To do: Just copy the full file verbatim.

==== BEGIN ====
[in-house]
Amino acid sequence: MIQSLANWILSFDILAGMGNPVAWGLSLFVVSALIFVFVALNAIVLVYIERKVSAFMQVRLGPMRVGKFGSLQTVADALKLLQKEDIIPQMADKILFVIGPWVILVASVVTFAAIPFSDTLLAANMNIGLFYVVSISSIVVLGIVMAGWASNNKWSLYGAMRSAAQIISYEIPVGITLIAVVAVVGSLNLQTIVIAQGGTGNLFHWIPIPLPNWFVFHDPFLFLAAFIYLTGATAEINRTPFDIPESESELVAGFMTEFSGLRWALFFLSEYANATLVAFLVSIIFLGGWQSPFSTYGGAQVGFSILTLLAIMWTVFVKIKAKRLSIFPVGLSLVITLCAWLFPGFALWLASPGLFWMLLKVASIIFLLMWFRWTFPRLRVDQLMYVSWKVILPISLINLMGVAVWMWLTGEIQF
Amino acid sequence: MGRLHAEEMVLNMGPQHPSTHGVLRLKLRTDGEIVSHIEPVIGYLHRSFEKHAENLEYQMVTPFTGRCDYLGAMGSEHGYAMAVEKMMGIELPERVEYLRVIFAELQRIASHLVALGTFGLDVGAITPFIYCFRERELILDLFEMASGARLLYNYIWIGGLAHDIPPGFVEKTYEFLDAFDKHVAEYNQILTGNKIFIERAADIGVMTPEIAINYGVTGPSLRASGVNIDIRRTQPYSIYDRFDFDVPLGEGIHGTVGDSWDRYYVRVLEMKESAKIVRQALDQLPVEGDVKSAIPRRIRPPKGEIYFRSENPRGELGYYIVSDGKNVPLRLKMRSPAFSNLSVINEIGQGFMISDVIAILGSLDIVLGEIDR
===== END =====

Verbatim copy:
[in-house]
Amino acid sequence: MIQSLANWILSFDILAGMGNPVAWGLSLFVVSALIFVFVALNAIVLVYIERKVSAFMQVRLGPMRVGKFGSLQTVADALKLLQKEDIIPQMADKILFVIGPWVILVASVVTFAAIPFSDTLLAANMNIGLFYVVSISSIVVLGIVMAGWASNNKWSLYGAMRSAAQIISYEIPVGITLIAVVAVVGSLNLQTIVIAQGGTGNLFHWIPIPLPNWFVFHDPFLFLAAFIYLTGATAEINRTPFDIPESESELVAGFMTEFSGLRWALFFLSEYANATLVAFLVSIIFLGGWQSPFSTYGGAQVGFSILTLLAIMWTVFVKIKAKRLSIFPVGLSLVITLCAWLFPGFALWLASPGLFWMLLKVASIIFLLMWFRWTFPRLRVDQLMYVSWKVILPISLINLMGVAVWMWLTGEIQF
Amino acid sequence: MGRLHAEEMVLNMGPQHPSTHGVLRLKLRTDGEIVSHIEPVIGYLHRSFEKHAENLEYQMVTPFTGRCDYLGAMGSEHGYAMAVEKMMGIELPERVEYLRVIFAELQRIASHLVALGTFGLDVGAITPFIYCFRERELILDLFEMASGARLLYNYIWIGGLAHDIPPGFVEKTYEFLDAFDKHVAEYNQILTGNKIFIERAADIGVMTPEIAINYGVTGPSLRASGVNIDIRRTQPYSIYDRFDFDVPLGEGIHGTVGDSWDRYYVRVLEMKESAKIVRQALDQLPVEGDVKSAIPRRIRPPKGEIYFRSENPRGELGYYIVSDGKNVPLRLKMRSPAFSNLSVINEIGQGFMISDVIAILGSLDIVLGEIDR